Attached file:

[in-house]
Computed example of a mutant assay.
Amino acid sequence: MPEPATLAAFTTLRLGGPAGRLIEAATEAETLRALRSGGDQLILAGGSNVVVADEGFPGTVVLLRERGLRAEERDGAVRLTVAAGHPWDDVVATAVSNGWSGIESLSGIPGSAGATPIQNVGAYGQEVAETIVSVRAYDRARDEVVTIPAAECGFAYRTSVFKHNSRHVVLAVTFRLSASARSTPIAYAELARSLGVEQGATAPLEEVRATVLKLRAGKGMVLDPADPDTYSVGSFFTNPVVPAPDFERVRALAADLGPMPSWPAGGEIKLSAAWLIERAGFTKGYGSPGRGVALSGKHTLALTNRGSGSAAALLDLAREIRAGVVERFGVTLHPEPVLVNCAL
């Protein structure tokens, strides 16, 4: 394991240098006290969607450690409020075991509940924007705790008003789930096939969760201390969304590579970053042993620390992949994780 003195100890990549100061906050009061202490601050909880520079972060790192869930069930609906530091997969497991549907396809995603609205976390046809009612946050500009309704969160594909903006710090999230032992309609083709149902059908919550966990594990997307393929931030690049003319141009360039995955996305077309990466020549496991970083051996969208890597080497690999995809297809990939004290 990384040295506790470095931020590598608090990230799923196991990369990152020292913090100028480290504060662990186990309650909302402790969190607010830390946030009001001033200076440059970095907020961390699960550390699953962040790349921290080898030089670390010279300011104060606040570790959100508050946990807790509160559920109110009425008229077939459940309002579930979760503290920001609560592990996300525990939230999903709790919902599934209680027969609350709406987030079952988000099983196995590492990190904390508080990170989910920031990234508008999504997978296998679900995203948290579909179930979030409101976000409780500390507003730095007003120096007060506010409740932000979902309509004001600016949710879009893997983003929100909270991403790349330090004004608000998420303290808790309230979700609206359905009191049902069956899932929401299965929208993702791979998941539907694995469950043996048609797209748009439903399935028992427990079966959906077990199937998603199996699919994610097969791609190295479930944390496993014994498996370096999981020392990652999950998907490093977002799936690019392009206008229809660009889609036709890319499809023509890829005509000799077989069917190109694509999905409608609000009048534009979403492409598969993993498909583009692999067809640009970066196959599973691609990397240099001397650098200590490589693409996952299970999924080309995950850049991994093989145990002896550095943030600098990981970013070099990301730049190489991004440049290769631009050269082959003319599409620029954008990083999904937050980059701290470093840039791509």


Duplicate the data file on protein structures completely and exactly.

[in-house]
Computed example of a mutant assay.
Amino acid sequence: MPEPATLAAFTTLRLGGPAGRLIEAATEAETLRALRSGGDQLILAGGSNVVVADEGFPGTVVLLRERGLRAEERDGAVRLTVAAGHPWDDVVATAVSNGWSGIESLSGIPGSAGATPIQNVGAYGQEVAETIVSVRAYDRARDEVVTIPAAECGFAYRTSVFKHNSRHVVLAVTFRLSASARSTPIAYAELARSLGVEQGATAPLEEVRATVLKLRAGKGMVLDPADPDTYSVGSFFTNPVVPAPDFERVRALAADLGPMPSWPAGGEIKLSAAWLIERAGFTKGYGSPGRGVALSGKHTLALTNRGSGSAAALLDLAREIRAGVVERFGVTLHPEPVLVNCAL
């Protein structure tokens, strides 16, 4: 394991240098006290969607450690409020075991509940924007705790008003789930096939969760201390969304590579970053042993620390992949994780 003195100890990549100061906050009061202490601050909880520079972060790192869930069930609906530091997969497991549907396809995603609205976390046809009612946050500009309704969160594909903006710090999230032992309609083709149902059908919550966990594990997307393929931030690049003319141009360039995955996305077309990466020549496991970083051996969208890597080497690999995809297809990939004290 990384040295506790470095931020590598608090990230799923196991990369990152020292913090100028480290504060662990186990309650909302402790969190607010830390946030009001001033200076440059970095907020961390699960550390699953962040790349921290080898030089670390010279300011104060606040570790959100508050946990807790509160559920109110009425008229077939459940309002579930979760503290920001609560592990996300525990939230999903709790919902599934209680027969609350709406987030079952988000099983196995590492990190904390508080990170989910920031990234508008999504997978296998679900995203948290579909179930979030409101976000409780500390507003730095007003120096007060506010409740932000979902309509004001600016949710879009893997983003929100909270991403790349330090004004608000998420303290808790309230979700609206359905009191049902069956899932929401299965929208993702791979998941539907694995469950043996048609797209748009439903399935028992427990079966959906077990199937998603199996699919994610097969791609190295479930944390496993014994498996370096999981020392990652999950998907490093977002799936690019392009206008229809660009889609036709890319499809023509890829005509000799077989069917190109694509999905409608609000009048534009979403492409598969993993498909583009692999067809640009970066196959599973691609990397240099001397650098200590490589693409996952299970999924080309995950850049991994093989145990002896550095943030600098990981970013070099990301730049190489991004440049290769631009050269082959003319599409620029954008990083999904937050980059701290470093840039791509």